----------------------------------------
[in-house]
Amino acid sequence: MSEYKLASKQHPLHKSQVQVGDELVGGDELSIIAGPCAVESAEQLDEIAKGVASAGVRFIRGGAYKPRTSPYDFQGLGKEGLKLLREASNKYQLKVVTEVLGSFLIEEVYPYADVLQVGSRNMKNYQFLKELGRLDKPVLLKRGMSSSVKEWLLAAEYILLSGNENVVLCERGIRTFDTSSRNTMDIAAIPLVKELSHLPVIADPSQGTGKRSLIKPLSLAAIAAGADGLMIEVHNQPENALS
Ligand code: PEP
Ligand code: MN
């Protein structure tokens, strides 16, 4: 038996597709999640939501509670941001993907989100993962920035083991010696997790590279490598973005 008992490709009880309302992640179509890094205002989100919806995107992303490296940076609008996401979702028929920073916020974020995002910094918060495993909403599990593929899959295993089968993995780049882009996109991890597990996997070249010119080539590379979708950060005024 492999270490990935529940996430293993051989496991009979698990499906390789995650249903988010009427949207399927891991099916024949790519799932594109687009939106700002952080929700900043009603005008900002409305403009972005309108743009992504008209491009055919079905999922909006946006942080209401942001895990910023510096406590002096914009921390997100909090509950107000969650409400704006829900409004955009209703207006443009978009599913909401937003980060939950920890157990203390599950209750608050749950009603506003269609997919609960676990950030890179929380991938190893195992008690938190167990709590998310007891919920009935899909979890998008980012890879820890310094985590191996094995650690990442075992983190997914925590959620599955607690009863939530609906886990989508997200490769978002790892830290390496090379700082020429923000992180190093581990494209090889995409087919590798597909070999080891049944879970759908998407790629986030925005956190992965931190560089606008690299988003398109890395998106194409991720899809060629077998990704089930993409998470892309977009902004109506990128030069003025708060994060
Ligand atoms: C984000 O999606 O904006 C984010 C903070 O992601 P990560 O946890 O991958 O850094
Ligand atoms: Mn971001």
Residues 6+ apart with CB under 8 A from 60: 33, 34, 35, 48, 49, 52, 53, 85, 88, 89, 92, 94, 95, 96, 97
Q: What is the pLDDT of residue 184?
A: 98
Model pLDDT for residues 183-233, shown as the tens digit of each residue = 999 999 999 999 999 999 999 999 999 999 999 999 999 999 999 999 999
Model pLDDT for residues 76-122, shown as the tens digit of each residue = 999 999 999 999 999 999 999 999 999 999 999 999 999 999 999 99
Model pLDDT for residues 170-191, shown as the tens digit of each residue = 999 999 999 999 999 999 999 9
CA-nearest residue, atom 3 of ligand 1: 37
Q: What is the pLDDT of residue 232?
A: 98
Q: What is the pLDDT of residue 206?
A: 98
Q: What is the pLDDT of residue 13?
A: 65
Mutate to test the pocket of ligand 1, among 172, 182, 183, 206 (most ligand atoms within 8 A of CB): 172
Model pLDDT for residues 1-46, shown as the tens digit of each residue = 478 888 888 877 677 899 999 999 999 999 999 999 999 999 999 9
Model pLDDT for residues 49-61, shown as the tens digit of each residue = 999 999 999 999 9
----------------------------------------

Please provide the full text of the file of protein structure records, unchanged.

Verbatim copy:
[in-house]
Amino acid sequence: MSEYKLASKQHPLHKSQVQVGDELVGGDELSIIAGPCAVESAEQLDEIAKGVASAGVRFIRGGAYKPRTSPYDFQGLGKEGLKLLREASNKYQLKVVTEVLGSFLIEEVYPYADVLQVGSRNMKNYQFLKELGRLDKPVLLKRGMSSSVKEWLLAAEYILLSGNENVVLCERGIRTFDTSSRNTMDIAAIPLVKELSHLPVIADPSQGTGKRSLIKPLSLAAIAAGADGLMIEVHNQPENALS
Ligand code: PEP
Ligand code: MN
């Protein structure tokens, strides 16, 4: 038996597709999640939501509670941001993907989100993962920035083991010696997790590279490598973005 008992490709009880309302992640179509890094205002989100919806995107992303490296940076609008996401979702028929920073916020974020995002910094918060495993909403599990593929899959295993089968993995780049882009996109991890597990996997070249010119080539590379979708950060005024 492999270490990935529940996430293993051989496991009979698990499906390789995650249903988010009427949207399927891991099916024949790519799932594109687009939106700002952080929700900043009603005008900002409305403009972005309108743009992504008209491009055919079905999922909006946006942080209401942001895990910023510096406590002096914009921390997100909090509950107000969650409400704006829900409004955009209703207006443009978009599913909401937003980060939950920890157990203390599950209750608050749950009603506003269609997919609960676990950030890179929380991938190893195992008690938190167990709590998310007891919920009935899909979890998008980012890879820890310094985590191996094995650690990442075992983190997914925590959620599955607690009863939530609906886990989508997200490769978002790892830290390496090379700082020429923000992180190093581990494209090889995409087919590798597909070999080891049944879970759908998407790629986030925005956190992965931190560089606008690299988003398109890395998106194409991720899809060629077998990704089930993409998470892309977009902004109506990128030069003025708060994060
Ligand atoms: C984000 O999606 O904006 C984010 C903070 O992601 P990560 O946890 O991958 O850094
Ligand atoms: Mn971001």
Residues 6+ apart with CB under 8 A from 60: 33, 34, 35, 48, 49, 52, 53, 85, 88, 89, 92, 94, 95, 96, 97
Q: What is the pLDDT of residue 184?
A: 98
Model pLDDT for residues 183-233, shown as the tens digit of each residue = 999 999 999 999 999 999 999 999 999 999 999 999 999 999 999 999 999
Model pLDDT for residues 76-122, shown as the tens digit of each residue = 999 999 999 999 999 999 999 999 999 999 999 999 999 999 999 99
Model pLDDT for residues 170-191, shown as the tens digit of each residue = 999 999 999 999 999 999 999 9
CA-nearest residue, atom 3 of ligand 1: 37
Q: What is the pLDDT of residue 232?
A: 98
Q: What is the pLDDT of residue 206?
A: 98
Q: What is the pLDDT of residue 13?
A: 65
Mutate to test the pocket of ligand 1, among 172, 182, 183, 206 (most ligand atoms within 8 A of CB): 172
Model pLDDT for residues 1-46, shown as the tens digit of each residue = 478 888 888 877 677 899 999 999 999 999 999 999 999 999 999 9
Model pLDDT for residues 49-61, shown as the tens digit of each residue = 999 999 999 999 9